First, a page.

‘No question’ delta variant is why August job growth wasn’t stronger, Biden says
President Joe Biden blamed the delta variant-driven surge of the novel coronavirus for a weak August jobs report, which showed just 235,000 jobs added to the economy. The number fell far short of the roughly 940,000 that employers had added in each of the previous two months when widespread vaccinations allowed the economy to fully reopen from pandemic restrictions.
Still, the number of job openings remains at record levels and hiring is expected to stay solid in the coming months, Biden said Friday.
"Despite the impact of the delta variant... what we’re seeing is an economic recovery that’s durable and strong," he said. "While I know some wanted to see a larger number today — and so did I — what we’re seeing this year is a continued growth month after month in job creation."
Hiring in a category that includes restaurants, bars and hotels sank to zero in August after those sectors had added roughly 400,000 jobs in both June and July. Restaurant dining, after having fully recovered in late June, has declined to about 9% below pre-pandemic levels, according to reservations website OpenTable.
Some live shows, including the remaining concerts on country star Garth Brooks’ tour, for example, have been canceled. Businesses are delaying their returns to offices, threatening the survival of some downtown restaurants, coffee shops and dry cleaners.
Health care and government employers also cut jobs in August. Construction companies, which have struggled to find workers, lost 3,000 jobs despite strong demand for new homes.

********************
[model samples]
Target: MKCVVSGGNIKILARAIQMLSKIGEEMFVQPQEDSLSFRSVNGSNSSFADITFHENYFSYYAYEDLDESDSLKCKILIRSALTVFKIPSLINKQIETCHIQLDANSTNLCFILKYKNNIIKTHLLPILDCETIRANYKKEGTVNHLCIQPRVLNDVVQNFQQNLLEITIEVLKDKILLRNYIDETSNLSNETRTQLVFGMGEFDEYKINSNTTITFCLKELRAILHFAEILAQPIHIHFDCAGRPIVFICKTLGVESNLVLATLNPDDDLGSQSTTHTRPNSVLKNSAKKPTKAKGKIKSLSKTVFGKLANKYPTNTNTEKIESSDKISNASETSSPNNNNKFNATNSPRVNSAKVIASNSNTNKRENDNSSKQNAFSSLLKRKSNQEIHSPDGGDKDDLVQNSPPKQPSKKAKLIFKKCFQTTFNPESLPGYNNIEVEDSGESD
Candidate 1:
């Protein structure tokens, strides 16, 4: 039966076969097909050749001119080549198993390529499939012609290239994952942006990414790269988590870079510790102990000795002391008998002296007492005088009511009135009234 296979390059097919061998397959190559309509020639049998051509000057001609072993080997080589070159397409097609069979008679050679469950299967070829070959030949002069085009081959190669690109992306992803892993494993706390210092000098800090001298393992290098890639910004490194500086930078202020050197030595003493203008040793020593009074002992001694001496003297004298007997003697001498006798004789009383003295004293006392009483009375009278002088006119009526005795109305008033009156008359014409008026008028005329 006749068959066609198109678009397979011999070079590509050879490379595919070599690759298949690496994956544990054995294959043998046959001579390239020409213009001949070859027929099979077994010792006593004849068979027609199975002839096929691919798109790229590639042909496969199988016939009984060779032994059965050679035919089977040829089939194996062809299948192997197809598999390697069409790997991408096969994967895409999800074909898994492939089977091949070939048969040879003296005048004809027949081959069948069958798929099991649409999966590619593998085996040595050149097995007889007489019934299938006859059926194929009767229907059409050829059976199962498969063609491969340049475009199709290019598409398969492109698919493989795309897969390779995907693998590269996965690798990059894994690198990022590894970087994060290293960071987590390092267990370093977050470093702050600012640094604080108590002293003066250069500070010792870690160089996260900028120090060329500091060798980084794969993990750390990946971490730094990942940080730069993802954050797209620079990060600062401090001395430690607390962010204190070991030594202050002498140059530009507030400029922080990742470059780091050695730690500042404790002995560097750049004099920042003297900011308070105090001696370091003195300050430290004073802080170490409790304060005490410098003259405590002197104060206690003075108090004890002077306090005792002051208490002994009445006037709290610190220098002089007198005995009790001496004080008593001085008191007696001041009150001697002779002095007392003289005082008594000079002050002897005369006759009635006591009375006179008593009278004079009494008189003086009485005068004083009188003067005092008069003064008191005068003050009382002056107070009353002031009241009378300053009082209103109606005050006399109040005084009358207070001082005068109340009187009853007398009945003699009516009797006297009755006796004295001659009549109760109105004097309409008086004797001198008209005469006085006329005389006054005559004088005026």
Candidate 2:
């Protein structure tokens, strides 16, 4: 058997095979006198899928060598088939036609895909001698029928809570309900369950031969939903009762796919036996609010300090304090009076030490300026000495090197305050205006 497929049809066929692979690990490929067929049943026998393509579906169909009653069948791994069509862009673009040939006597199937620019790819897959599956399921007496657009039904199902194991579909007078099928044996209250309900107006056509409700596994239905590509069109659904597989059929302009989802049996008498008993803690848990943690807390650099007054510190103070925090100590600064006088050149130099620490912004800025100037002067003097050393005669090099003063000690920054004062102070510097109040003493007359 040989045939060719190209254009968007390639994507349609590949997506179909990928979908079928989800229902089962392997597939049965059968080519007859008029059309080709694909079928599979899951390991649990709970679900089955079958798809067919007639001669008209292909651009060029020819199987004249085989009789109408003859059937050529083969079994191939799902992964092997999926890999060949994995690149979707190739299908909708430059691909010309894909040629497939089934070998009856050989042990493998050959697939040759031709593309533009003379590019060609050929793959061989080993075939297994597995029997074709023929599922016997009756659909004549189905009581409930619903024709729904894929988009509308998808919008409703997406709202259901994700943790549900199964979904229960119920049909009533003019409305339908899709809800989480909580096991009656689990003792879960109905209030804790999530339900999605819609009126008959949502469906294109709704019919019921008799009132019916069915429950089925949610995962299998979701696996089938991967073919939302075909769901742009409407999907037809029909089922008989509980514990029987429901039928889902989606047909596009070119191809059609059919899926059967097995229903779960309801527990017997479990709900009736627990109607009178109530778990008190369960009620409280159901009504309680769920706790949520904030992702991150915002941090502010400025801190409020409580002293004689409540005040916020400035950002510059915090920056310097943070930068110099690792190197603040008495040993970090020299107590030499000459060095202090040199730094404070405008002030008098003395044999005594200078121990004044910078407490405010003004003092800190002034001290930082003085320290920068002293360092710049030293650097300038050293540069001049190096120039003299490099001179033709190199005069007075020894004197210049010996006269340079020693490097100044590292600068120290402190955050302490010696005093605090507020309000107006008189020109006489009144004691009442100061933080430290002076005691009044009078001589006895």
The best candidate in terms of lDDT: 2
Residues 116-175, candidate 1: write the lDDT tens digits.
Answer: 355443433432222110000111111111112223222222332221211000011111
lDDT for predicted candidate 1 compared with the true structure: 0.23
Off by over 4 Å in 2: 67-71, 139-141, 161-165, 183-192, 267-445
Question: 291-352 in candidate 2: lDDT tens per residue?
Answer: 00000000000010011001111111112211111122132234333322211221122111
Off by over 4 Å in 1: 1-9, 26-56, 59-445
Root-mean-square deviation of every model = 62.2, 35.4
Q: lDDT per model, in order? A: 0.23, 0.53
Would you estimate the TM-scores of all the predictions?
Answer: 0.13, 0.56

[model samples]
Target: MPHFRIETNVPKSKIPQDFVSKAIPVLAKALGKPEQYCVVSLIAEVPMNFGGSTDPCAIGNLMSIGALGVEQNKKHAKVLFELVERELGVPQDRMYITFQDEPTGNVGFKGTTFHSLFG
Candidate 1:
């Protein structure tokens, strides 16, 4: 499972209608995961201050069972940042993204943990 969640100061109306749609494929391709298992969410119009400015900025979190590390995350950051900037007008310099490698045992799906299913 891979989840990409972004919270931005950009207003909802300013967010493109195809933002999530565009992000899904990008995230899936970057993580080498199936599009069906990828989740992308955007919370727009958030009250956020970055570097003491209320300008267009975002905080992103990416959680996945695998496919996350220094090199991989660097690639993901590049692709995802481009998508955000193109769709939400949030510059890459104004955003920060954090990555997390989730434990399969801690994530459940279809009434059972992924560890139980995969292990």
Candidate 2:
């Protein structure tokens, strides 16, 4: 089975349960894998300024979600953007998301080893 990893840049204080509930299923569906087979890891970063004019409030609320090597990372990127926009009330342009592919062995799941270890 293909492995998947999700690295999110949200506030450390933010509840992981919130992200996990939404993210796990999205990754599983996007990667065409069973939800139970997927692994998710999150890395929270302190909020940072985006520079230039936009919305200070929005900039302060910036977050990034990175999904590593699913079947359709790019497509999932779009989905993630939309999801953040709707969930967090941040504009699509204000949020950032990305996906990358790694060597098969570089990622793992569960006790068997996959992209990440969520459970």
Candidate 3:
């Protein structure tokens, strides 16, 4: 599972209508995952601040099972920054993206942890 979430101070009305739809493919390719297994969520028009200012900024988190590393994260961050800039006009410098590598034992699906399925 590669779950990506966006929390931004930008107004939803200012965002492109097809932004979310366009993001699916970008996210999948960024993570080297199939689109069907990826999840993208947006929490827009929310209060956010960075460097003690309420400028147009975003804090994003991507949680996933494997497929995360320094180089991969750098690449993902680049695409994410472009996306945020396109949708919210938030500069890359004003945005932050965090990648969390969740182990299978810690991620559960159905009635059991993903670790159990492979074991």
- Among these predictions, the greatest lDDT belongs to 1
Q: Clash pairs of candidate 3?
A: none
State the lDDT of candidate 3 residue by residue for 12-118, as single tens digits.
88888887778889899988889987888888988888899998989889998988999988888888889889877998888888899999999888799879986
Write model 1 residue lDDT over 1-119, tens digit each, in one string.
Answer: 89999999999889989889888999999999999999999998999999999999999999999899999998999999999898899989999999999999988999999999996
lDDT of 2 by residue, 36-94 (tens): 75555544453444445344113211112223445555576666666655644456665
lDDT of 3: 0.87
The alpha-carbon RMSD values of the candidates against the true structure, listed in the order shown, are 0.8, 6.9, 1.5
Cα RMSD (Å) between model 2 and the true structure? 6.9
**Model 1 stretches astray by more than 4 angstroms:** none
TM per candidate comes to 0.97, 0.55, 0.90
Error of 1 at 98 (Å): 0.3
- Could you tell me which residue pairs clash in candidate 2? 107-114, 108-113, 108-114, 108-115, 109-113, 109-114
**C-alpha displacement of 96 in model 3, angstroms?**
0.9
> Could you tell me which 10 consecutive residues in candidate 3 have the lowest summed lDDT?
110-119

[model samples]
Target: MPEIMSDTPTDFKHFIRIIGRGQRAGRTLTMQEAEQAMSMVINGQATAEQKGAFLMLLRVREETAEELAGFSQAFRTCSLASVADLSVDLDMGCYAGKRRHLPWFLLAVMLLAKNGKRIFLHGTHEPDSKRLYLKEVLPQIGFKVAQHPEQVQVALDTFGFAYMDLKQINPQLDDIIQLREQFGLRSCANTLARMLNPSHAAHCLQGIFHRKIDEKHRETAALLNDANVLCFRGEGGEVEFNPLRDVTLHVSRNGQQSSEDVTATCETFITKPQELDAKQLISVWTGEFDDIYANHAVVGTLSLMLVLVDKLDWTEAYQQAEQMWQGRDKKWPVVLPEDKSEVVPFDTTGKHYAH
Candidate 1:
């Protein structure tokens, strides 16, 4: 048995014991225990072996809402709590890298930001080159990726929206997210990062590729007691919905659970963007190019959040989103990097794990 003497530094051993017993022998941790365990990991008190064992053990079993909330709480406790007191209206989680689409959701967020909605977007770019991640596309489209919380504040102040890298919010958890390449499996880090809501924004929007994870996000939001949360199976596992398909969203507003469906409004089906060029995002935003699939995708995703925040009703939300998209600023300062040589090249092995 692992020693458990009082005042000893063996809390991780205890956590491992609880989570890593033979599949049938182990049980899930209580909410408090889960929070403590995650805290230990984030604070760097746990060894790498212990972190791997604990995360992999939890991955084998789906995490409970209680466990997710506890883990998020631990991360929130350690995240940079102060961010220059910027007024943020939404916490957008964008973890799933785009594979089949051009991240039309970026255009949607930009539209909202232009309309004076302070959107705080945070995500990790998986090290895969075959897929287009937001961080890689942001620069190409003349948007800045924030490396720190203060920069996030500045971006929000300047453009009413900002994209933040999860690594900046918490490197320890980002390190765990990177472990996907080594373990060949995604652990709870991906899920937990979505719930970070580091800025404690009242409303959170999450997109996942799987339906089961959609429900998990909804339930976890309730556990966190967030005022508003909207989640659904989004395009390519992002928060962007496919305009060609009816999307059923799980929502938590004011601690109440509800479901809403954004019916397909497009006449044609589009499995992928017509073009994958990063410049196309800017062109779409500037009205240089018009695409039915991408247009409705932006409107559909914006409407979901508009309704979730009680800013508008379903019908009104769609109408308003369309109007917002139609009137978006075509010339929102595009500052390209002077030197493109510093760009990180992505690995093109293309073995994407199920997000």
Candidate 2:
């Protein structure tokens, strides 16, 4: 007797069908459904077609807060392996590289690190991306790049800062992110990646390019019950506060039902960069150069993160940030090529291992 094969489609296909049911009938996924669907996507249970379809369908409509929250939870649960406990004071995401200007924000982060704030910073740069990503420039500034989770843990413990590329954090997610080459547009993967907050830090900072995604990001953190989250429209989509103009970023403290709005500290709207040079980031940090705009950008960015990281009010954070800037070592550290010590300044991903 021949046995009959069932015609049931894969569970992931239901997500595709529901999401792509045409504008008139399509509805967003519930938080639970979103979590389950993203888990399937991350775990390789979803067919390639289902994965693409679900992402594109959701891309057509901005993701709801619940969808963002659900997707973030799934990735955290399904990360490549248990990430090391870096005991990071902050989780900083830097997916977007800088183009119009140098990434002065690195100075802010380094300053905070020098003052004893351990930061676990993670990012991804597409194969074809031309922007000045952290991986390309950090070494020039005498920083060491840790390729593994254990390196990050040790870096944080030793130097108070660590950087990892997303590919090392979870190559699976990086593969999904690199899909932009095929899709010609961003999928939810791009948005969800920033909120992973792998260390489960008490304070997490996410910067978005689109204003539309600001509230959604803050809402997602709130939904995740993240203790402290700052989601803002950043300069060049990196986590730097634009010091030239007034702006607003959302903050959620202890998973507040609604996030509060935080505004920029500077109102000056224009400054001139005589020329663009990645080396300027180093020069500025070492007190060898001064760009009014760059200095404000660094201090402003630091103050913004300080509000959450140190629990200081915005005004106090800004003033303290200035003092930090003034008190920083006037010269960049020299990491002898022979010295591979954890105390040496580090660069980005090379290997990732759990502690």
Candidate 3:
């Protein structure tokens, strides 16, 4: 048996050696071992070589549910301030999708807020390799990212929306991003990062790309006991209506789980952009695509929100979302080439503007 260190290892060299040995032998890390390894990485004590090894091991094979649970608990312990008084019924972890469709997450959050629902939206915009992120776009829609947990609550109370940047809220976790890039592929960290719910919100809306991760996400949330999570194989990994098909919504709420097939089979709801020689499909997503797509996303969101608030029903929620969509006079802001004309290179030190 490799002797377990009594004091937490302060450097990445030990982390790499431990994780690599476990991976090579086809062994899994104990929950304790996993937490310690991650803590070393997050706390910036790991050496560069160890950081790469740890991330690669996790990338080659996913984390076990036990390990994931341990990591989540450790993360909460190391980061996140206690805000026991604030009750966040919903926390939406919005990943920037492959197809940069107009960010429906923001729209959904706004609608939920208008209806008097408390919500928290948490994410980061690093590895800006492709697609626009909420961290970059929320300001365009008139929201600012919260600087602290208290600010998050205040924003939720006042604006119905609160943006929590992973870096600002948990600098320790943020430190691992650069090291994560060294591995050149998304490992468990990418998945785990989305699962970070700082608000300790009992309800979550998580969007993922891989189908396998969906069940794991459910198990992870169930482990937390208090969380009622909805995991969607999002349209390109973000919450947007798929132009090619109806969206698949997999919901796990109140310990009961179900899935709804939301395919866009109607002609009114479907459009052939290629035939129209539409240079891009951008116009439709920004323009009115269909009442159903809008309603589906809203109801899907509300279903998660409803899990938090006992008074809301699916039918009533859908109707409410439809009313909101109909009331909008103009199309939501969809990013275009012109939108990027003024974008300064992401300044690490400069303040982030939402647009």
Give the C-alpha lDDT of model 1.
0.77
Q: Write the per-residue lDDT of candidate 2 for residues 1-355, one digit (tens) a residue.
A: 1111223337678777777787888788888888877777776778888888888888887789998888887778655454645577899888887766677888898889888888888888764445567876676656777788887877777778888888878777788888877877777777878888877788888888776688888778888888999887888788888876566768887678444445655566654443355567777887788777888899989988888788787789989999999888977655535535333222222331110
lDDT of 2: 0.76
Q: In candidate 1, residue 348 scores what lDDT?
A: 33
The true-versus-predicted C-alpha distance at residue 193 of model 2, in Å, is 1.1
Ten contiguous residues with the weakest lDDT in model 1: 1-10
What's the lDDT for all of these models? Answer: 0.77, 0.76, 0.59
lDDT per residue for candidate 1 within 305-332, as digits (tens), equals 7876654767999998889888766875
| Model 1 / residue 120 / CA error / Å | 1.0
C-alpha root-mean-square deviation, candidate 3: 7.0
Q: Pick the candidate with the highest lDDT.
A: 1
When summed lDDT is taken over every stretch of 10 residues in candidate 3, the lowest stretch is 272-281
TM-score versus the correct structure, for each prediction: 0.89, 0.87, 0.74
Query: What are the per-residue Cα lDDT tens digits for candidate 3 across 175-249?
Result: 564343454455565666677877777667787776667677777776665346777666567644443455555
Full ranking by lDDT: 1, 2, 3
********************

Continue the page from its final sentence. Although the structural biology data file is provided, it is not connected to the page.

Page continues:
Government employers shed 8,000 jobs, mostly because of sharp declines in local education hiring after strong gains in June and July. That decline occurred mostly because the pandemic has scrambled normal hiring patterns as schools have closed and then reopened for in-person classes.
While adding jobs slowed, the August jobs report did show unemployment claims reached a pandemic low. The number of Americans seeking unemployment benefits fell last week by 14,000 to 340,000 claims, the Labor Department reported Thursday.
The pace of weekly applications for unemployment aid is still high by historic standards. Before COVID-19 hit the United States hard in March 2020, the number averaged around 220,000 a week.
The unemployment rate dropped to 5.2% from 5.4% in July, the lowest level in the past 18 months Biden said.
"Because of the groundwork we laid with the American Rescue Plan and our vaccination strategy, we’re seeing an economy and a job market that can weather the ups and downs of the delta variant and anything else that comes our way," he said.
Vaccinations for COVID-19 have been supporting the job market by encouraging businesses to reopen or expand hours and consumers to return to restaurants, bars and shops. In response, employers across the country have been boosting hiring to meet a surge in consumer demand.
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Still, a resurgence of cases tied to the highly contagious delta variant has clouded the economic outlook. COVID-19 cases are now surpassing 135,000 a day, up from fewer than 12,000 in early July.
Biden said next week he planned to lay out the next steps his administration will take to combat rising cases and hospitalizations.
"I want to talk about how we’ll further protect our schools, our business, our economy and our families from the threat of delta," he said.
The White House did not yet give a date for when Biden would deliver those remarks.
This story was reported from Detroit. The Associated Press contributed.